Dirty politics: Is it a sin?
Last week Meg Sweas asked if Christians could be Tea Partiers , which got me thinking more about the morality of politics--dangerous territory. Neck-deep in attack ads every night, I'm finally thoroughly nauseated by the midterm election campaign. It's bad enough that our political conversation has become a nightly flashback to middle school, with name-calling on all sides, but is it a sin, too?
Well, the eighth commandment forbids "bearing false witness against your neighbor," in other words, lying, and especially lying in such a way that it will hurt your neighbor. Whole websites, such as politifact.com , are devoted to untangling the truthfulnes of attack ads, and their analyses almost always reveal a certain amount of "false witness." I'll go out on a limb and call that a sin.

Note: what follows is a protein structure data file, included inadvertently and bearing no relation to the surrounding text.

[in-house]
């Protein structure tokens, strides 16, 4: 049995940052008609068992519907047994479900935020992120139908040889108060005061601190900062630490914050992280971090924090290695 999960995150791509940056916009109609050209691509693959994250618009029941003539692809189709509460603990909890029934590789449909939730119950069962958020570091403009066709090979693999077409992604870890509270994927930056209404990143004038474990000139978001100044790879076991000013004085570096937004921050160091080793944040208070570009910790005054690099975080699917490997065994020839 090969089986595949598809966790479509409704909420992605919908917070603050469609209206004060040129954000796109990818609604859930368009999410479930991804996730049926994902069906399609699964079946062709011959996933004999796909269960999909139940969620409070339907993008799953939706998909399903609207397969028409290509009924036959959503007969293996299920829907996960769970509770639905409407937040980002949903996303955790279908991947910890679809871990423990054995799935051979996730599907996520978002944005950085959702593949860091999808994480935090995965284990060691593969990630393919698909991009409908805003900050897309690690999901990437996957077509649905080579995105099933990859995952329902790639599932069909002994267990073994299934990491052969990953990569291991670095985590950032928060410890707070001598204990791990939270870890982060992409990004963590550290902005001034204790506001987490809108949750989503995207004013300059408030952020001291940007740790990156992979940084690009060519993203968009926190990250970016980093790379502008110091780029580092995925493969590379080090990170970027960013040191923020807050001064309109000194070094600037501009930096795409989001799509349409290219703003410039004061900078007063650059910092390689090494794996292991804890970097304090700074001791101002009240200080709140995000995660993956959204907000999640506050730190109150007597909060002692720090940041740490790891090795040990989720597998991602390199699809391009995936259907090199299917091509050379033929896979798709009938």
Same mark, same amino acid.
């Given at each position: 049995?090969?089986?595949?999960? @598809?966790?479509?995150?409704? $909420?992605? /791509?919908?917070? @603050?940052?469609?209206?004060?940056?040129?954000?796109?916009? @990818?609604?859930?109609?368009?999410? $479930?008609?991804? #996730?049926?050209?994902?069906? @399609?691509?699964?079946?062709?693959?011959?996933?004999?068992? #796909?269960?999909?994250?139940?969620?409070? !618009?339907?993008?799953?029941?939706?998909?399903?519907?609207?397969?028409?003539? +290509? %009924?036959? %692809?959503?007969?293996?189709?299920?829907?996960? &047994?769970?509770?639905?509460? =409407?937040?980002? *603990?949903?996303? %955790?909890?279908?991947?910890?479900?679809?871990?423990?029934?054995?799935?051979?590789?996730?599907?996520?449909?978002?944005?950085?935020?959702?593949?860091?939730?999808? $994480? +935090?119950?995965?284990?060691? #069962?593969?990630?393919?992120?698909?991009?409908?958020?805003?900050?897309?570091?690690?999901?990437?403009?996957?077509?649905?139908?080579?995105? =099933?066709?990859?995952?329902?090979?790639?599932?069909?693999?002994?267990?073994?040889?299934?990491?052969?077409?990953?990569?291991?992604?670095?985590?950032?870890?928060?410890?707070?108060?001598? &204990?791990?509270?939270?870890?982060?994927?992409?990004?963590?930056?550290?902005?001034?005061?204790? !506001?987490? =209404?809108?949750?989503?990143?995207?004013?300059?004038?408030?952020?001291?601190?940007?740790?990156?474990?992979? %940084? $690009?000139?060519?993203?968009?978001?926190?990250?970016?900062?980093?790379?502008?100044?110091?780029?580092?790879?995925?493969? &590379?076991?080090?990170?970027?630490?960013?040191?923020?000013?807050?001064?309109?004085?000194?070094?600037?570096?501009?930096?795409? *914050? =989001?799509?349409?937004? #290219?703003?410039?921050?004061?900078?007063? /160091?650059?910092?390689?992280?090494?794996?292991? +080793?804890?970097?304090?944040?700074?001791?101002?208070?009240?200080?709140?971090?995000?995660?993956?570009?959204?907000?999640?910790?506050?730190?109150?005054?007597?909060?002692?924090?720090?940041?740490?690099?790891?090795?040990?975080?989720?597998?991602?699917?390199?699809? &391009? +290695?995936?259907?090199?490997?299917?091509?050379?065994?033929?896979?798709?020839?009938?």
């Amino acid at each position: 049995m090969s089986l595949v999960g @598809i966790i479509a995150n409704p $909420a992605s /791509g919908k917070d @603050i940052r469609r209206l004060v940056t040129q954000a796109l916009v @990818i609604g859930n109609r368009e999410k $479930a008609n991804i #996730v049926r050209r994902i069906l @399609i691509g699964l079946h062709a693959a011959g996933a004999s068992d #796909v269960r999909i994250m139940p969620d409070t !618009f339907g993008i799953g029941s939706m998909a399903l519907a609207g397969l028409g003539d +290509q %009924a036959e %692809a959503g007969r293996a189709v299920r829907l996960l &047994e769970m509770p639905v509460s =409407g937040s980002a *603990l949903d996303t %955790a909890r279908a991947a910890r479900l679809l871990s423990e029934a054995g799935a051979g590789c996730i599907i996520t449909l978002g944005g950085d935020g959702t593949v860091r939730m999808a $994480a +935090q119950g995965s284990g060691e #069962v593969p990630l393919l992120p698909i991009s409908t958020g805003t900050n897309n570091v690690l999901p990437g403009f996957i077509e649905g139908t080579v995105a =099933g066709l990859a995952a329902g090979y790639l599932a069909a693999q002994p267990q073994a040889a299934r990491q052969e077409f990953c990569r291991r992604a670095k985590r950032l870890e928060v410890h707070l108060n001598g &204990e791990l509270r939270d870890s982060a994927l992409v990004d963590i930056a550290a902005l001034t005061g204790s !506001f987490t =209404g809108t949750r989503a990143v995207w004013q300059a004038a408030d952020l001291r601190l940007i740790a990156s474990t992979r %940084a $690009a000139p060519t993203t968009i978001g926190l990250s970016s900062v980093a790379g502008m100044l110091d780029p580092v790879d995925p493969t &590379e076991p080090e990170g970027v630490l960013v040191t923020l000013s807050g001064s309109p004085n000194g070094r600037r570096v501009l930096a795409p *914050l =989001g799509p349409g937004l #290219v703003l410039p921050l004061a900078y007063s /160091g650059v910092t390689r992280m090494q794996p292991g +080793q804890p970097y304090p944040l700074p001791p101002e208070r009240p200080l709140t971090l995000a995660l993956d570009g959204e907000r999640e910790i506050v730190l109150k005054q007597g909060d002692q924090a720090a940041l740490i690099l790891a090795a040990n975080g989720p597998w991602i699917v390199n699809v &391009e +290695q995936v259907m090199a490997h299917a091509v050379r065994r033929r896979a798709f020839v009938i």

But what about all the money bankrolling the ads? That question is especially interesting since the Citizens United Supreme Court decision  last year that gave corporations and unions the right to spend as much money as they wanted to influence elections, a decision that has spawned so-called super-PACs with names like the religious-sounding Revere America  and Karl Rove's American Crossroads  that don't have to disclose their donors.
In other words, now we can bear false witness against our opponents and be anonymous while we do it. In the Catholic moral tradition, we call that "material cooperation."
In addition to being an abuse and perversion of the right to free speech, I'll go out on limb and call that a sin, too, as well as an act of moral cowardice.